How to Sound Like a Pro in an Escape Room Review

Whether it's movies, restaurants, online purchases, or even college professors, it feels nice to leave a review and weigh in on the quality of an experience. Small businesses especially thrive off the honest, thoughtful feedback. However, unless you've played a lot of escape rooms or built one yourself, you may feel ill-equipped to give a helpful critique. 

It's dangerous to go alone. Take these critique points.

WARNING: Use of these topics in a thoughtfully constructed, well written review may result in "likes," "thumbs ups," personal responses from companies, and unsolicited invitations to beta test escape rooms.


Like a good movie or book, the more an escape room is able to draw you into its world, the more you're going to enjoy it. Frequent "immersion breakers" in escape rooms may include a game-master-to-adventurer relationship independent of the storyline, too many "Do Not Touch" or "How To Use" labels, laminated clues, out-of-theme props, or even the cliché unexplained countdown clock.

Puzzle Flow

In a good escape room, puzzles and discoveries fall into sequences to create a natural order of events, sometimes with a few "paths" so that players can divide and conquer objectives. Each puzzle solved should provide a clue or object that logically points toward the next step(s). Without a well orchestrated puzzle flow, you mal like you're in a never-ending sea of mini-games with no way to gauge your progress.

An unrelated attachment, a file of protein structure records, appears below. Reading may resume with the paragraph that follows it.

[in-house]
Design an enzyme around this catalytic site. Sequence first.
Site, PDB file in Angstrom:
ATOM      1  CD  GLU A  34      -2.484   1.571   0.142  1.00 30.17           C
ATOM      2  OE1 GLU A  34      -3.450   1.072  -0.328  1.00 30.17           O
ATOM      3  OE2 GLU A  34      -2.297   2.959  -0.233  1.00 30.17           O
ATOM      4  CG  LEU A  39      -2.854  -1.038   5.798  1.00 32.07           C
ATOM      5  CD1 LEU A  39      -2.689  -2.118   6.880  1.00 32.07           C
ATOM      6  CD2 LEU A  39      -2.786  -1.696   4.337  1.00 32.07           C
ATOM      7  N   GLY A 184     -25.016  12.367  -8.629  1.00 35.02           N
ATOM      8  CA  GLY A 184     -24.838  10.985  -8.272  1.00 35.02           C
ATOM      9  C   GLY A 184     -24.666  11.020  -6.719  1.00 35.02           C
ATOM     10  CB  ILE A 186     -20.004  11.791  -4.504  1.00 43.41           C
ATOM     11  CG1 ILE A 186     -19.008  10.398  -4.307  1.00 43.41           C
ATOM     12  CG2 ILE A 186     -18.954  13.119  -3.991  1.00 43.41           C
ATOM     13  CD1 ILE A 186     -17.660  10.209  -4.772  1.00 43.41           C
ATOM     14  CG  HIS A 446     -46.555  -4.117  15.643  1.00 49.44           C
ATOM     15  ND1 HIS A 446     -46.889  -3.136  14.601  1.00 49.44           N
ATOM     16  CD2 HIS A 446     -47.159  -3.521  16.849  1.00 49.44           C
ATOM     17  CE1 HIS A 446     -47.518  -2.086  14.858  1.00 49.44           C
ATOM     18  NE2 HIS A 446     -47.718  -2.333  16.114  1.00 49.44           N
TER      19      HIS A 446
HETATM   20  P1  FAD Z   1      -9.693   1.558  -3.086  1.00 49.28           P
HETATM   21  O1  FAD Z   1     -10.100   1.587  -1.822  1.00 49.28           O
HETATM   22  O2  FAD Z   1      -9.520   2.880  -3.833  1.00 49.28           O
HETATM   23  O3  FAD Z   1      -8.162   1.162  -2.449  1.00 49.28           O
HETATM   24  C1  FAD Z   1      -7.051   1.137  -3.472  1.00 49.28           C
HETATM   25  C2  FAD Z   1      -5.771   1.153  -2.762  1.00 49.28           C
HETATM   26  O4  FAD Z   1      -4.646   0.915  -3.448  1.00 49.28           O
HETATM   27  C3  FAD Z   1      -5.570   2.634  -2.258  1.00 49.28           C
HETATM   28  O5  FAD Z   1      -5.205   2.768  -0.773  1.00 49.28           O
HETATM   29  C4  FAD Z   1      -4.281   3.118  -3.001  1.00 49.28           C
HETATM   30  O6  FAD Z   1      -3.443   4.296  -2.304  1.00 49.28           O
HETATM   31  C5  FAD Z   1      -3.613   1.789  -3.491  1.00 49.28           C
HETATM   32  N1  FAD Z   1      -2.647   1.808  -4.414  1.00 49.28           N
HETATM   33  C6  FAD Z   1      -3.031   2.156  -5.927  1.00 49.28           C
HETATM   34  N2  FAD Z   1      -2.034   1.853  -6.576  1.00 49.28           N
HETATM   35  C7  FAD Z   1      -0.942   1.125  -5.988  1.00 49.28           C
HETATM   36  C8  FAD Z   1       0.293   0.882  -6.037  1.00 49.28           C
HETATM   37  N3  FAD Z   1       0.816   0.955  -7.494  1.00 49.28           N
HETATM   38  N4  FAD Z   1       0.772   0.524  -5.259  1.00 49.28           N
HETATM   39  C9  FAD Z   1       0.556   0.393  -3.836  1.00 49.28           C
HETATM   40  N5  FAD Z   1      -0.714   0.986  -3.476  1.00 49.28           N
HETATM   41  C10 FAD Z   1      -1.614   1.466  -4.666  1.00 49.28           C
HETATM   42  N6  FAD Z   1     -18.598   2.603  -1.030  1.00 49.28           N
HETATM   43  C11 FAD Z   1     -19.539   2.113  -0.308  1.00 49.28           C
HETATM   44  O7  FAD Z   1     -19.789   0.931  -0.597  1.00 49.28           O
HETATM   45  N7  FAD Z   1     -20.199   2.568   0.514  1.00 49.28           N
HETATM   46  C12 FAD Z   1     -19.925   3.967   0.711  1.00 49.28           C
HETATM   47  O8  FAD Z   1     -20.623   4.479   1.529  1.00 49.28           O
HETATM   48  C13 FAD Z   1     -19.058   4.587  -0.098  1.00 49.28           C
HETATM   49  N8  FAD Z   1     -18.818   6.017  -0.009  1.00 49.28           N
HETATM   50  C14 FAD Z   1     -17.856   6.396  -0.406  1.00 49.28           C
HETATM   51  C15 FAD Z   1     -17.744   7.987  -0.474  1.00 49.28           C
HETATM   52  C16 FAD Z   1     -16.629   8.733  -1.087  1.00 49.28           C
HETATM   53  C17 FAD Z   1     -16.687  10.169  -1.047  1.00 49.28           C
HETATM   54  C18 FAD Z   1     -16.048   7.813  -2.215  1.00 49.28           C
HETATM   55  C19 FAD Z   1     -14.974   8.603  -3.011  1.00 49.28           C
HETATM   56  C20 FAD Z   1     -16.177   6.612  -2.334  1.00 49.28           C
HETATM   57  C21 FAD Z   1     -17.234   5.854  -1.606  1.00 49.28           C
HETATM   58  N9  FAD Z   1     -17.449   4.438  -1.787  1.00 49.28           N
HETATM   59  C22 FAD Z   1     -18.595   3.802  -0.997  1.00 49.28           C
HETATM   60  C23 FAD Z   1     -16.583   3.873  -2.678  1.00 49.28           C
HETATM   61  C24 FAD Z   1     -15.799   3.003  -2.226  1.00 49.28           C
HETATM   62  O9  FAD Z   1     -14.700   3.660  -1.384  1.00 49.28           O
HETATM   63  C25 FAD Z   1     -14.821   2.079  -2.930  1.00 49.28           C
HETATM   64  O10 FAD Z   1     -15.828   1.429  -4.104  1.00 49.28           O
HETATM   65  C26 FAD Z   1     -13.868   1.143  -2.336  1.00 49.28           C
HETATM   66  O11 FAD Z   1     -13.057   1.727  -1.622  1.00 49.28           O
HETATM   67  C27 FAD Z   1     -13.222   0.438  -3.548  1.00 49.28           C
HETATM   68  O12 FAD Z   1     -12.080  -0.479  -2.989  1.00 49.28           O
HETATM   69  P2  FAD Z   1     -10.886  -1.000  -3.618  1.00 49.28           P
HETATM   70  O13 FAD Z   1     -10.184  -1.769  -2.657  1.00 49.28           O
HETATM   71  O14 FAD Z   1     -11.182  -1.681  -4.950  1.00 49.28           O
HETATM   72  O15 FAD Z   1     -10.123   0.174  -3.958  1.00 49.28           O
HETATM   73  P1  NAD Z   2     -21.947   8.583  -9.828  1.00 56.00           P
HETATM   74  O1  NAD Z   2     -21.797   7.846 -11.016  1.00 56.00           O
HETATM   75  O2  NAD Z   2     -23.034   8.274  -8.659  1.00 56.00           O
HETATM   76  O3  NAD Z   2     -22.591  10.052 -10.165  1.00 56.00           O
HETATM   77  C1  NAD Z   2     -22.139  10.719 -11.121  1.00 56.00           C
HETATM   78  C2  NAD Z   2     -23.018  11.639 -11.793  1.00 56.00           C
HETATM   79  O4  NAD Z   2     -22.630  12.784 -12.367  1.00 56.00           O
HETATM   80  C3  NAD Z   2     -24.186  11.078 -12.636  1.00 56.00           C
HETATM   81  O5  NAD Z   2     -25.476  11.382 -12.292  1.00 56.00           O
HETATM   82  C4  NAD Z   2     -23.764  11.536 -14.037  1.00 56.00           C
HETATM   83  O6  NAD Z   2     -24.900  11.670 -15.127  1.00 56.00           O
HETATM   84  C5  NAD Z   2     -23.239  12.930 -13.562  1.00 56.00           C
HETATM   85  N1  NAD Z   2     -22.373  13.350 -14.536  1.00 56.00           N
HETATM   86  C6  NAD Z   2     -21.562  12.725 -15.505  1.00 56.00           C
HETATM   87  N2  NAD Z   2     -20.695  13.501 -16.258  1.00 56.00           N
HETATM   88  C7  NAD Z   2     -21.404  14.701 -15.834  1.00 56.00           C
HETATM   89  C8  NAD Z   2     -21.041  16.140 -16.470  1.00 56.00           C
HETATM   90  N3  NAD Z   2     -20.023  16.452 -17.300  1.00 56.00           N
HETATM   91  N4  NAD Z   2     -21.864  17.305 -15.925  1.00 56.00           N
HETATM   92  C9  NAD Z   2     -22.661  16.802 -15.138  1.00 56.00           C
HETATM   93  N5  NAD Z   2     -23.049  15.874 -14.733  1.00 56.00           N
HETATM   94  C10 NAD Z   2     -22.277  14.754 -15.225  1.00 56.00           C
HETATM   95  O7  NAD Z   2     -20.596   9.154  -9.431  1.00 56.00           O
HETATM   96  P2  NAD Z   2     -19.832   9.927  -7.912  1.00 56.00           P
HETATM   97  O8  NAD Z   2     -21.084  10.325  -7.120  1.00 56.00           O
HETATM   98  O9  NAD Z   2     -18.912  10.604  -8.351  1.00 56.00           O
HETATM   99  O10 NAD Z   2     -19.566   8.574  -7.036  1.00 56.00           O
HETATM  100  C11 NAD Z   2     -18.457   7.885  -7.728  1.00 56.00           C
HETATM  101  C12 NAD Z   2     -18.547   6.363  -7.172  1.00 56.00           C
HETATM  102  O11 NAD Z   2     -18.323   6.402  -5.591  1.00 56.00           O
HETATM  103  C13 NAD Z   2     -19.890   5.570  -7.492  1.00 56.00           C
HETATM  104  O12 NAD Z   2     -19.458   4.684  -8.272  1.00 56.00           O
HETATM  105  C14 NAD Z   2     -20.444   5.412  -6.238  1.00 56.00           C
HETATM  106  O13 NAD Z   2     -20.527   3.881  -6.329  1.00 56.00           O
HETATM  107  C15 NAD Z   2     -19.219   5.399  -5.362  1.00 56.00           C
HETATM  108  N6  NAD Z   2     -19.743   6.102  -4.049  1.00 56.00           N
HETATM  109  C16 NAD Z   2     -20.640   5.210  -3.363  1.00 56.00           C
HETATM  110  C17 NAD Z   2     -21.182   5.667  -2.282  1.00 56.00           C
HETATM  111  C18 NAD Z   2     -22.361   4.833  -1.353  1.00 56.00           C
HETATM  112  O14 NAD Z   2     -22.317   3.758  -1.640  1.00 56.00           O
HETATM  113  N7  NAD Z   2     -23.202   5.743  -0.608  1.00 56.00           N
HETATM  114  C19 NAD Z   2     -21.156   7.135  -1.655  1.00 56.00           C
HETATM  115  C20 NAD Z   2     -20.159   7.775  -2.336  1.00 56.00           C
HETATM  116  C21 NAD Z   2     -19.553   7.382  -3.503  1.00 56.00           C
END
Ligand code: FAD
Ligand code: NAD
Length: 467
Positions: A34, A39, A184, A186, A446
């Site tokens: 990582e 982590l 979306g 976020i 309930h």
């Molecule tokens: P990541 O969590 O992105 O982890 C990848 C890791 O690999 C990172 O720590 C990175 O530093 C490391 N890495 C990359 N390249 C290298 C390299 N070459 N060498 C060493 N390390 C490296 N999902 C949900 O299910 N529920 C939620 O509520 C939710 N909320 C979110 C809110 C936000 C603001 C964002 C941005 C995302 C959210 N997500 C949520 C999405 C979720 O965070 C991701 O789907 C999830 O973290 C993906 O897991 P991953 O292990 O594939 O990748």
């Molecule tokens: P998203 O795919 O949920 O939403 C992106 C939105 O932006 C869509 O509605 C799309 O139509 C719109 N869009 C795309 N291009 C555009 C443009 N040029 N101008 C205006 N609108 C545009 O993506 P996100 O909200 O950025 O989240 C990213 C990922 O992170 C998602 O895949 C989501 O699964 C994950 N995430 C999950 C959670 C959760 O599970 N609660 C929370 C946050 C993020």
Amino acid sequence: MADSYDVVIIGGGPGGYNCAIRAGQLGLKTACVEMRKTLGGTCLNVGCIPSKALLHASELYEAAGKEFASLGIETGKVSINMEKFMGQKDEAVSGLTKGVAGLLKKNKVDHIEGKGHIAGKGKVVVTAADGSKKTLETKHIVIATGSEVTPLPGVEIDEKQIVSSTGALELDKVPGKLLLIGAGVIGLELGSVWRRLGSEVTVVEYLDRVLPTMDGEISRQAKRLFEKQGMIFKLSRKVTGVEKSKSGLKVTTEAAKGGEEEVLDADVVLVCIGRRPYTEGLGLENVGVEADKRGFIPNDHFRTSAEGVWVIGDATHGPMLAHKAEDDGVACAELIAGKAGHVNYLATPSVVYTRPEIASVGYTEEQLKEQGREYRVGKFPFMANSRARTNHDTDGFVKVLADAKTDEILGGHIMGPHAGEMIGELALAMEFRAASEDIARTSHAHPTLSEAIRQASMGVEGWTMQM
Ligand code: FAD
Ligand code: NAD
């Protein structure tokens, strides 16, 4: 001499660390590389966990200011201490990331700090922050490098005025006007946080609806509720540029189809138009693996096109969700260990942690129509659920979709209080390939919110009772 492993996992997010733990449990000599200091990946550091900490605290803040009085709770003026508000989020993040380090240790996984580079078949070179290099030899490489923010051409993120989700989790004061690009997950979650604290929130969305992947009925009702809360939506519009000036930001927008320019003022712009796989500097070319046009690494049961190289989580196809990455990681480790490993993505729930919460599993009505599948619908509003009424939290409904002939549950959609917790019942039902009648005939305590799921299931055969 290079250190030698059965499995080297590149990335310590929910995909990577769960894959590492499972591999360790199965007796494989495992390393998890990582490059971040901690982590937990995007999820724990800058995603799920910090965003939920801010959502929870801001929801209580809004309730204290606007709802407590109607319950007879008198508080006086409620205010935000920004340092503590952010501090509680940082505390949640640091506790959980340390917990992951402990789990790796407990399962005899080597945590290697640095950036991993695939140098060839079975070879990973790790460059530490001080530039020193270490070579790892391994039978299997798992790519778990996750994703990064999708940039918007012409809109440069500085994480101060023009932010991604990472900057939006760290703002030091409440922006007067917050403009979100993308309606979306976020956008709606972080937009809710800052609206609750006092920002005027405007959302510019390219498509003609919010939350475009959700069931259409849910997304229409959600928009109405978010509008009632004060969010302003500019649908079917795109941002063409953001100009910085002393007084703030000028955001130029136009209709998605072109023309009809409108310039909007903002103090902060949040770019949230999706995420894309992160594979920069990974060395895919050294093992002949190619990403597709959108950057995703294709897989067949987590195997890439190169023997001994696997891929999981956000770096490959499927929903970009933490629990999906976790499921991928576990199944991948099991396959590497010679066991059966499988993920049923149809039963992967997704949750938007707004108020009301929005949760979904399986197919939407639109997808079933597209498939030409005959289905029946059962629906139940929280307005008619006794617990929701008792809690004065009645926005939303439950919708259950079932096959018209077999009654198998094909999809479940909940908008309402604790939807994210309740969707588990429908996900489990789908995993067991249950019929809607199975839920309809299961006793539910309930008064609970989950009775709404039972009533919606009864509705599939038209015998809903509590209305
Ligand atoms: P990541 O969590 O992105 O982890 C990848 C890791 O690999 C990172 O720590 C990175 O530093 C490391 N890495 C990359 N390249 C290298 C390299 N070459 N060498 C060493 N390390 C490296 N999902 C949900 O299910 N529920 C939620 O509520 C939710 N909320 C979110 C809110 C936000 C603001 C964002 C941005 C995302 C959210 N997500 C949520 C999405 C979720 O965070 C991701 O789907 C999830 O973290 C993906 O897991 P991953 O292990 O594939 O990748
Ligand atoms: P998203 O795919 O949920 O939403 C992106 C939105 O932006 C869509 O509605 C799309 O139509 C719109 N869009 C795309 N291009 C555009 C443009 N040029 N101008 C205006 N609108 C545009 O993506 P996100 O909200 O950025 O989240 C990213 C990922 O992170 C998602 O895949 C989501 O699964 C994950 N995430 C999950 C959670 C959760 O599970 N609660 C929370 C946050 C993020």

While multiple escape companies boasting similarly themed rooms or containing similar puzzles is to be expected, don't be surprised if you find yourself steering clear of "bank heists" and "prison breaks." I give ample credit to any room that puts a new twist on an overused theme. But, as a rule, when critiquing an escape room, I deduct points for every word scramble, crossword puzzle, letter-to-number cypher,  blacklight, collect-the-object plot, locked safe, and object hidden under a chair.

Story Development

While some escape rooms go with a "loose premise" approach and simply piece together a series of puzzles that match a given theme, the BEST escape rooms are the ones in which your team plays a defined role with a reasonable motive in a compelling story. When the story is poorly developed, you may find yourself asking, "Why are we doing this?" or "What's the goal?"


Most players probably struggle to put their finger on this elusive aspect of the escape room experience, much less critique it. When a puzzle is the perfect balance between intuitive and challenging, it creates a sense of accomplishment for players. That "Aha!" moment combined with an appropriate reward (a key, special instructions, or an object you've been looking for) is what separates the great escape rooms from the incredible ones.

Go ye therefore and write incredible reviews.